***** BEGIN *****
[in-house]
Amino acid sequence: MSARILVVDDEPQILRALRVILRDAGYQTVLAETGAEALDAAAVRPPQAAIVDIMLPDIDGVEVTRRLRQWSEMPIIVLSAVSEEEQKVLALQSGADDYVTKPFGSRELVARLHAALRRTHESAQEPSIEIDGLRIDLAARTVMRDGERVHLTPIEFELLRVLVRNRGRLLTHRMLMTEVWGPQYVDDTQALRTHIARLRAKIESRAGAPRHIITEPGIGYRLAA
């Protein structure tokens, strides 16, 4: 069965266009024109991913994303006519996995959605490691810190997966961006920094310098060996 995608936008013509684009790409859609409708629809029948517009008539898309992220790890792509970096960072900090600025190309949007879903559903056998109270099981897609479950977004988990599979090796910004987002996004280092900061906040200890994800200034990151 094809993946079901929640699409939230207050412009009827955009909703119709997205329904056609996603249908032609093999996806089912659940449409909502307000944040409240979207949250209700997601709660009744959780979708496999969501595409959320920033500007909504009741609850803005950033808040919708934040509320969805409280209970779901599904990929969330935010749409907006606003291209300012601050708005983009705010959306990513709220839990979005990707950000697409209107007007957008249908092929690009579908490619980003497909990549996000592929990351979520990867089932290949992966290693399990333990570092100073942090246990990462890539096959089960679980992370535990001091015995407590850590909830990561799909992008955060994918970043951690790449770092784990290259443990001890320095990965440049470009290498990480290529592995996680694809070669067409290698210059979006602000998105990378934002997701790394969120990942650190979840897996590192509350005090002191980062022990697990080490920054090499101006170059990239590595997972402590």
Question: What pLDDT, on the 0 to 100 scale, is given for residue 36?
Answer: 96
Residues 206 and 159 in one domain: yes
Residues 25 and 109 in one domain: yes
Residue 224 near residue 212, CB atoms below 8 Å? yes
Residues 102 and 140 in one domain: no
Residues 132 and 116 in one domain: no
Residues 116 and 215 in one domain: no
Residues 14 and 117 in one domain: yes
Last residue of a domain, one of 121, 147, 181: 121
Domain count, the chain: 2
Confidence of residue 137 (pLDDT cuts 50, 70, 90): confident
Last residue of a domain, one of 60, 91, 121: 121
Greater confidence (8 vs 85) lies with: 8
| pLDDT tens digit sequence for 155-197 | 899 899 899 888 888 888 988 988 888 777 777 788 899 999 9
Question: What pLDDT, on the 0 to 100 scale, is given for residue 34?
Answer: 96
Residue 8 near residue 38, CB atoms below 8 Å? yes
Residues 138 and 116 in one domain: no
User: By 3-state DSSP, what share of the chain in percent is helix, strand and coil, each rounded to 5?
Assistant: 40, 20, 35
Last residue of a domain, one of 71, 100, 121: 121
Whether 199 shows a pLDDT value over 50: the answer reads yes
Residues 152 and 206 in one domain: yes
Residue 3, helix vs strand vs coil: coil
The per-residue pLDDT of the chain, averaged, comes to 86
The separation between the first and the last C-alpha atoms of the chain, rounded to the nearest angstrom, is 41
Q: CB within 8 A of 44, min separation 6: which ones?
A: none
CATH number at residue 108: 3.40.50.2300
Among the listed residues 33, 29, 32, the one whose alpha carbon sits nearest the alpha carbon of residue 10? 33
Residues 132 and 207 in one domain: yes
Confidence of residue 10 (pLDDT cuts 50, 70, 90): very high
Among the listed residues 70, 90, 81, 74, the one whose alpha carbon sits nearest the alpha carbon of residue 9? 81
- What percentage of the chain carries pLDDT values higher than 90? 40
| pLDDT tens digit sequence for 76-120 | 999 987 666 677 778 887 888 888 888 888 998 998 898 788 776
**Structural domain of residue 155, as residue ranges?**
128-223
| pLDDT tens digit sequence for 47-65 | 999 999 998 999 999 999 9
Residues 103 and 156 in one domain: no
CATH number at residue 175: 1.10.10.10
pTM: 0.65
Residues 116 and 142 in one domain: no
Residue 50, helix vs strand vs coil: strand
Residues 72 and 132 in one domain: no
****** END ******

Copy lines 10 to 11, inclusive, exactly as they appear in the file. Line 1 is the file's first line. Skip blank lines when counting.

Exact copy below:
Residues 132 and 116 in one domain: no
Residues 116 and 215 in one domain: no